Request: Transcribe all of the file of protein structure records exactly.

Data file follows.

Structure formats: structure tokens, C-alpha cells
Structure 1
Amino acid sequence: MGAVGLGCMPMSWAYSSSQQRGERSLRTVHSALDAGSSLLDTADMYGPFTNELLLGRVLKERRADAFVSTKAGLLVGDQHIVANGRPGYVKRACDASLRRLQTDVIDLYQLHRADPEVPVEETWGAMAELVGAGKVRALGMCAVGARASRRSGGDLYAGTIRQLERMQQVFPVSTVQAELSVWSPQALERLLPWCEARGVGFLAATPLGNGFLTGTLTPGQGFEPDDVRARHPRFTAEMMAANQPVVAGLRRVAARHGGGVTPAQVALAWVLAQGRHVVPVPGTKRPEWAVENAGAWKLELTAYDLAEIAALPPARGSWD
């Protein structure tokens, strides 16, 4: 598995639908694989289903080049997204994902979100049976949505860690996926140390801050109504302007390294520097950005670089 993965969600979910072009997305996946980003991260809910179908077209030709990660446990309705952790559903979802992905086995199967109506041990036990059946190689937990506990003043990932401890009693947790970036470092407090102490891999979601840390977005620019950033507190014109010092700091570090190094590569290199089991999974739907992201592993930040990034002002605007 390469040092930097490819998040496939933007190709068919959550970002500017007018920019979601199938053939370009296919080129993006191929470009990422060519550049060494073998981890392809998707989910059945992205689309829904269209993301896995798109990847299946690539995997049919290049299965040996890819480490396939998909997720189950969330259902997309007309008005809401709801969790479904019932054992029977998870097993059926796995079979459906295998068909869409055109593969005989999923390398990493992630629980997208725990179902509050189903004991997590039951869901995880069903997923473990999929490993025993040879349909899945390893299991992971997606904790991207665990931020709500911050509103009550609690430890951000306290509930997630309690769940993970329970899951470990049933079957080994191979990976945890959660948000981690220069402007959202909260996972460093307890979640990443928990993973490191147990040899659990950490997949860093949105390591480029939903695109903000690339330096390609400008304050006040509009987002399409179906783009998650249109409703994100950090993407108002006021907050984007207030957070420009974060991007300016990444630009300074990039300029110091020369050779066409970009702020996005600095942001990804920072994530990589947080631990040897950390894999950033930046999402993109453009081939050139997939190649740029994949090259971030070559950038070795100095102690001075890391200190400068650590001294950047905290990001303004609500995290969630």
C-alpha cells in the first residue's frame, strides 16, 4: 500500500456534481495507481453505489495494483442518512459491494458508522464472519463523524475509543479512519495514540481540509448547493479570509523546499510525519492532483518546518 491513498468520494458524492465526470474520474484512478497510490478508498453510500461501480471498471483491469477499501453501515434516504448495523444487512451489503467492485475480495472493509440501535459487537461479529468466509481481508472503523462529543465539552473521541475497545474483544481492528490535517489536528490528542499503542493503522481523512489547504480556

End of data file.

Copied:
Structure formats: structure tokens, C-alpha cells
Structure 1
Amino acid sequence: MGAVGLGCMPMSWAYSSSQQRGERSLRTVHSALDAGSSLLDTADMYGPFTNELLLGRVLKERRADAFVSTKAGLLVGDQHIVANGRPGYVKRACDASLRRLQTDVIDLYQLHRADPEVPVEETWGAMAELVGAGKVRALGMCAVGARASRRSGGDLYAGTIRQLERMQQVFPVSTVQAELSVWSPQALERLLPWCEARGVGFLAATPLGNGFLTGTLTPGQGFEPDDVRARHPRFTAEMMAANQPVVAGLRRVAARHGGGVTPAQVALAWVLAQGRHVVPVPGTKRPEWAVENAGAWKLELTAYDLAEIAALPPARGSWD
């Protein structure tokens, strides 16, 4: 598995639908694989289903080049997204994902979100049976949505860690996926140390801050109504302007390294520097950005670089 993965969600979910072009997305996946980003991260809910179908077209030709990660446990309705952790559903979802992905086995199967109506041990036990059946190689937990506990003043990932401890009693947790970036470092407090102490891999979601840390977005620019950033507190014109010092700091570090190094590569290199089991999974739907992201592993930040990034002002605007 390469040092930097490819998040496939933007190709068919959550970002500017007018920019979601199938053939370009296919080129993006191929470009990422060519550049060494073998981890392809998707989910059945992205689309829904269209993301896995798109990847299946690539995997049919290049299965040996890819480490396939998909997720189950969330259902997309007309008005809401709801969790479904019932054992029977998870097993059926796995079979459906295998068909869409055109593969005989999923390398990493992630629980997208725990179902509050189903004991997590039951869901995880069903997923473990999929490993025993040879349909899945390893299991992971997606904790991207665990931020709500911050509103009550609690430890951000306290509930997630309690769940993970329970899951470990049933079957080994191979990976945890959660948000981690220069402007959202909260996972460093307890979640990443928990993973490191147990040899659990950490997949860093949105390591480029939903695109903000690339330096390609400008304050006040509009987002399409179906783009998650249109409703994100950090993407108002006021907050984007207030957070420009974060991007300016990444630009300074990039300029110091020369050779066409970009702020996005600095942001990804920072994530990589947080631990040897950390894999950033930046999402993109453009081939050139997939190649740029994949090259971030070559950038070795100095102690001075890391200190400068650590001294950047905290990001303004609500995290969630």
C-alpha cells in the first residue's frame, strides 16, 4: 500500500456534481495507481453505489495494483442518512459491494458508522464472519463523524475509543479512519495514540481540509448547493479570509523546499510525519492532483518546518 491513498468520494458524492465526470474520474484512478497510490478508498453510500461501480471498471483491469477499501453501515434516504448495523444487512451489503467492485475480495472493509440501535459487537461479529468466509481481508472503523462529543465539552473521541475497545474483544481492528490535517489536528490528542499503542493503522481523512489547504480556